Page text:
The memory array 302 includes the plurality of word lines WL0, WL1, WL2, . . . and the plurality of bit lines BL0, BL1, BL2, . . . which are formed on the semiconductor substrate and are arranged to three-dimensionally cross each other, a plurality of transistors T11, T12, T13, T21, T22, T23, T31, T32, T33, . . . (hereinafter represented by “transistors T11, T12, . . . ”) provided to respectively correspond to intersections of the word lines WL0, WL1, WL2, . . . and the bit lines BL0, BL1, BL2, . . . , and a plurality of memory cells M211, M212, M213, M221, M222, M223, M231, M232, N233 (hereinafter expressed as “memory cells M211, M212, . . . ” provided to respectively correspond to the transistors T11, T12, . . .

The memory array 302 further includes a plurality of plate lines PL0, PL1, PL2, . . . which are arranged to extend in parallel with the word lines WL0, WL1, WL2, . . .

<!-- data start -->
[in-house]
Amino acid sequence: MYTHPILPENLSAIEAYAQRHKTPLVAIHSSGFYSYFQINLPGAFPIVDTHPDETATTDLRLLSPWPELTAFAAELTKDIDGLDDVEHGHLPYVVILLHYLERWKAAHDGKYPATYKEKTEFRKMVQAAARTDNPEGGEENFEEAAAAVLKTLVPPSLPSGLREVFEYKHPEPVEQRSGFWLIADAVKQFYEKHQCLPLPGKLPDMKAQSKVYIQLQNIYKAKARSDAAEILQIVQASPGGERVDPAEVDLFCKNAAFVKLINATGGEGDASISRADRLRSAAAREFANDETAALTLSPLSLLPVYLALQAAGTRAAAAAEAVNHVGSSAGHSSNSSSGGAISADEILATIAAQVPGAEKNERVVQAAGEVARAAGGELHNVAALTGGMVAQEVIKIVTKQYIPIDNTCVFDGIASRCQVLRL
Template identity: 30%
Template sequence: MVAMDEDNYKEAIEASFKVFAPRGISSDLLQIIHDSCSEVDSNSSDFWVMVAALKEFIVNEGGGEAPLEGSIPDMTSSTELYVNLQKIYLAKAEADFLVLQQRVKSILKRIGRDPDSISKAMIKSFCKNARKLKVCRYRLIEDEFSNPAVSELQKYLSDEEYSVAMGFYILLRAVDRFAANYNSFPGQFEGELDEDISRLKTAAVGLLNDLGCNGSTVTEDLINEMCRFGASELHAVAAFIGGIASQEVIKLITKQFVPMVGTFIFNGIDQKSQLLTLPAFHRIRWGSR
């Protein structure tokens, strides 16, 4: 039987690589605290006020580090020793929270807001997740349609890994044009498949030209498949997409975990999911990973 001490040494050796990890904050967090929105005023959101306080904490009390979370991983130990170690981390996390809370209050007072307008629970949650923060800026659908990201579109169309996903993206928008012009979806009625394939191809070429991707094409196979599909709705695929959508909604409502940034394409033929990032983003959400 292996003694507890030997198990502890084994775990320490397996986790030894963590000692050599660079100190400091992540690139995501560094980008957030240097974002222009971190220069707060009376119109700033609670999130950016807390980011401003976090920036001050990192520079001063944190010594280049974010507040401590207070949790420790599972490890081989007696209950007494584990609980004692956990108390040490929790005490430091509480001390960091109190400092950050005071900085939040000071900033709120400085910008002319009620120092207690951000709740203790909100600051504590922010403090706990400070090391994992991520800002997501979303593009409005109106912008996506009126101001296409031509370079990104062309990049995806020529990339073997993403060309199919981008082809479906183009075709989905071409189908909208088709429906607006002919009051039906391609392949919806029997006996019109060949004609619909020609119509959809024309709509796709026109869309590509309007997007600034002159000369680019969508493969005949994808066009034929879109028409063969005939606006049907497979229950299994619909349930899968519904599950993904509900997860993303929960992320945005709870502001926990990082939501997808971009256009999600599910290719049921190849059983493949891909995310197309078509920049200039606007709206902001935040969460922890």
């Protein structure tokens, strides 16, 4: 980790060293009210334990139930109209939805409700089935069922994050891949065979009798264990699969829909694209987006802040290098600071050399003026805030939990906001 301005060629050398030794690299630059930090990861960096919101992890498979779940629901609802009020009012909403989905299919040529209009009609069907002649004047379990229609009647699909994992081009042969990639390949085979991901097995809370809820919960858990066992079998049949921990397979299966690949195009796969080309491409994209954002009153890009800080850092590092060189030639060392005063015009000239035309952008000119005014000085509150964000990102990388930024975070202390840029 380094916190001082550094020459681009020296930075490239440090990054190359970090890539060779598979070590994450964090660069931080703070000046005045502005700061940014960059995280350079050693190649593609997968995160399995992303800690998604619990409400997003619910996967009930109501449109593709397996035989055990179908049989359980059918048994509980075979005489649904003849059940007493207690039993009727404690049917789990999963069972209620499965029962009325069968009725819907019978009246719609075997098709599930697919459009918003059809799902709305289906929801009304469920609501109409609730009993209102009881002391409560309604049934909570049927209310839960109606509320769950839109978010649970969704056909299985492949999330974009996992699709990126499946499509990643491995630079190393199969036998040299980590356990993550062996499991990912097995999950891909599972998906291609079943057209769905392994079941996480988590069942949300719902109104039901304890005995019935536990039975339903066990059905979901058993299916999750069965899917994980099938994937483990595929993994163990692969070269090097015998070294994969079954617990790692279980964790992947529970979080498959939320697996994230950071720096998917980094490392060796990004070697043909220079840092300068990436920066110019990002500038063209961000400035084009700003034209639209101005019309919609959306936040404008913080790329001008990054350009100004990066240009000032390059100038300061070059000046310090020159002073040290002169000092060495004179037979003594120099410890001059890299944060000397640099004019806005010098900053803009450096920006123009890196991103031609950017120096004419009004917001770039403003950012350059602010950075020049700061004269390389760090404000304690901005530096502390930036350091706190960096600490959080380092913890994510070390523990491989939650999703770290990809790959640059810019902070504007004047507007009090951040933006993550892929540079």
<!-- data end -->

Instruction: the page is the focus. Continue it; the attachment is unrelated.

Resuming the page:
As shown in FIG. 26, the bit line BL0 is disposed above the word lines WL0 and WL1, and the plate lines PL0 and PL1 are disposed between the word lines WL0 and WL1 and the bit line BL0.

Each of the memory cells M211, M212, . . . corresponds to the nonvolatile memory elements according to Embodiment 1 to Embodiment 3, and includes a resistance variable layer comprising tantalum oxide. To be specific, the nonvolatile memory element 313 in FIG. 26 corresponds to the memory cells M211, M212, . . . in FIG. 25, and is constituted by the upper electrode 314, the resistance variable layer 315 comprising tantalum oxide, and the lower electrode 316.

In FIG. 26, 317 denotes a plug layer, 318 denotes a metal wire layer, and 319 denotes source/drain regions.

As shown in FIG. 25, drains of the transistors T11, T12, T13, . . . are connected to the bit line BL0, drains of the transistors T21, T22, T23, . . . are connected to the bit line BL1, and drains of the transistors T31, T32, T33, . . . are connected to the bit line BL2.